Brian Monteith: Stop squawking and cut our grocery bills

The furore over chlorinated chicken is just scaremongering, says Brian Monteith
The furore over chlorinated chicken is just scaremongering, says Brian Monteith
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With politicians joining many of us on holiday we are now officially in the silly season for news. Unfortunately, life is often stranger than fiction so it can be hard to tell what is a daft story and what is reality.

One such example that is doing the rounds this week is how Brexit will mean us carnivores will be poisoned by American chickens once we leave the EU. It is a typical piece of scaremongering and I thought it my duty in the pursuit of truth (and lower food prices) to point out why.

The story has come about because the UK Trade Minister, Liam Fox, is in the United States having discussions about a UK-US free trade deal that could be worth £40bn to our economy by 2030.

The US is one of the world’s largest exporters of chicken meat but it is banned from sale in Britain because of EU rules against chemical treatment used to reduce diseases like salmonella. One of the likely changes a trade deal would bring is to end that restriction.

An unholy alliance between the vested interests of European chicken producers and flat earth environmentalists who abhor any scientific process that did not exist before the discovery of radiation are trying to convince us American chickens will be unsafe. The real ‘threat’ is that US chicken is about 20 per cent cheaper than EU chicken.

The process involves rinsing slaughtered chickens in a bath of light chlorine solution to kill any bugs that would harm us as the carcass moves along the production line to be packaged.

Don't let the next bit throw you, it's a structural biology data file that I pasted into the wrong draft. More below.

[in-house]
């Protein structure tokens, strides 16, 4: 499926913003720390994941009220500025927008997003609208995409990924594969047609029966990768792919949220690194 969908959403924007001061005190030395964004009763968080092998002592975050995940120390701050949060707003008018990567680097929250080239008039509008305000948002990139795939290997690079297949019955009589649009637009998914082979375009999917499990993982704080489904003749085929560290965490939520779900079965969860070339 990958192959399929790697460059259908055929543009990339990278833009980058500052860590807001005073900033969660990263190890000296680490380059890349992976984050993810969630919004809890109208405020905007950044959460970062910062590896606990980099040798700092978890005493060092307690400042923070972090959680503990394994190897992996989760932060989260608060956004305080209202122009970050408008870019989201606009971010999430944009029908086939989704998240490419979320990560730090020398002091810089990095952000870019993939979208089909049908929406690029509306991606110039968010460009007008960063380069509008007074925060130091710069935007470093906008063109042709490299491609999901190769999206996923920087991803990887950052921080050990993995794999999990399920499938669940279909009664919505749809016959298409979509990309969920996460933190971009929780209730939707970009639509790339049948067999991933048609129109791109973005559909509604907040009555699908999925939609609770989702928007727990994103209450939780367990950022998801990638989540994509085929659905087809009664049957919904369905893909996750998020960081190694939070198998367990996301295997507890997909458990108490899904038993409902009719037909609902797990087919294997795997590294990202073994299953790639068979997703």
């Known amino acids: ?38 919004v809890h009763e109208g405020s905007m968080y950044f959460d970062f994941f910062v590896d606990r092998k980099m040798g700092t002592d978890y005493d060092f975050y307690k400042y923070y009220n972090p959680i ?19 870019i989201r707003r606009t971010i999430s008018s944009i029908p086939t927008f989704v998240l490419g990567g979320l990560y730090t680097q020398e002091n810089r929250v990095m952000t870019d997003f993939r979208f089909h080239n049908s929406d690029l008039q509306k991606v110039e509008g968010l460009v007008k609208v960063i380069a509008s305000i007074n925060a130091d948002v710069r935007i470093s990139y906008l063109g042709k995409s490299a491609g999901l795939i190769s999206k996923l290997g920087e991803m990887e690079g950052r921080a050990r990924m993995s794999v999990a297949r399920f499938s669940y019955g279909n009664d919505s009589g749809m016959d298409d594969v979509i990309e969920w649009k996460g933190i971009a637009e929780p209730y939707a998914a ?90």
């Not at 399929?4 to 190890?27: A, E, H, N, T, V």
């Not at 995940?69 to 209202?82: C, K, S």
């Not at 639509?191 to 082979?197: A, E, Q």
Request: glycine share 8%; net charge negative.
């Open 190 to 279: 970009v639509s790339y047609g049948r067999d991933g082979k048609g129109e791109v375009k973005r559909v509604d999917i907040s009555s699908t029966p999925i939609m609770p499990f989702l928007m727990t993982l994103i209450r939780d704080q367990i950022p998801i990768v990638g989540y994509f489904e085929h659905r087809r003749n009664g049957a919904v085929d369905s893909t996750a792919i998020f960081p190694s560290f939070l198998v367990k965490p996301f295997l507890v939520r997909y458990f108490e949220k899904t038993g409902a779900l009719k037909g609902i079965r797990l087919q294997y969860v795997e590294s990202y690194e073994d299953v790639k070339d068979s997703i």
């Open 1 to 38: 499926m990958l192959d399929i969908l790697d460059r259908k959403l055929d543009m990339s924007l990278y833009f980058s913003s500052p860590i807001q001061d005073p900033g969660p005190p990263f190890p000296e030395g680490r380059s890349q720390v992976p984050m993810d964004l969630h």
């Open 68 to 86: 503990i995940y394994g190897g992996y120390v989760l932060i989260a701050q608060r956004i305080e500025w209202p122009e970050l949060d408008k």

The EU banned it over 20 years ago when it first started to be used but since then the evidence shows that it is reliably safe. Indeed, the EU’s own scientists have cleared the process as safe but countries such as Germany have vowed to never allow US chickens into Europe to protect their producers.

In case you are wondering the level of chlorine residue in a US chicken is so low that you would have to eat a whole chicken yourself to consume the same amount of chlorine in a standard glass of British tapwater. I’ve swallowed more chlorine at Porty Baths and I’m still swimming!

You also have to ask what happens to all those Americans eating 156 million chickens each week – or all the Canadians who import US chicken, or the folks in New Zealand and all around the world who do? The fact is the US approach reduces salmonella presence from 14 per cent to 2 per cent while the EU presence in EU chickens is typically 15-20 per cent.

If folk don’t want to eat these chickens they don’t have to buy them – they can buy dearer chicken produced without the chlorine rinse. So long as we continue to state the origin of chicken the consumer can choose. So why ban it?

Oh, and of course US organic chicken does not use that process – so you can always buy that type.

There was another Brexit scare story doing the rounds last week about how food prices will go up – but as you can see the reality is somewhat different. Food prices should actually come down once we leave, thanks to healthy price competition. Economists estimate that our grocery bills are 17 per cent higher thanks to these EU price-fixing practices.

Last year the EU increased tariffs fivefold on South African oranges to protect Spanish farmers – meaning we could not choose to have cheaper oranges if we thought them good enough.

Other such price-fixing exists on processed coffee from Africa – ensuring Germany makes more money from processing coffee than the whole of Africa does from exporting coffee beans.

It’s all designed to protect inefficient farmers to the benefit of foreign politicians who rely on their votes; a sort of agricultural protection racket for political mobsters. Restricted trade keeps Africans poor and our grocery bills higher.

Let’s get our bills down by trading freely with the whole world, be it US chickens or African oranges. We should decide for ourselves what we want to eat and at what price.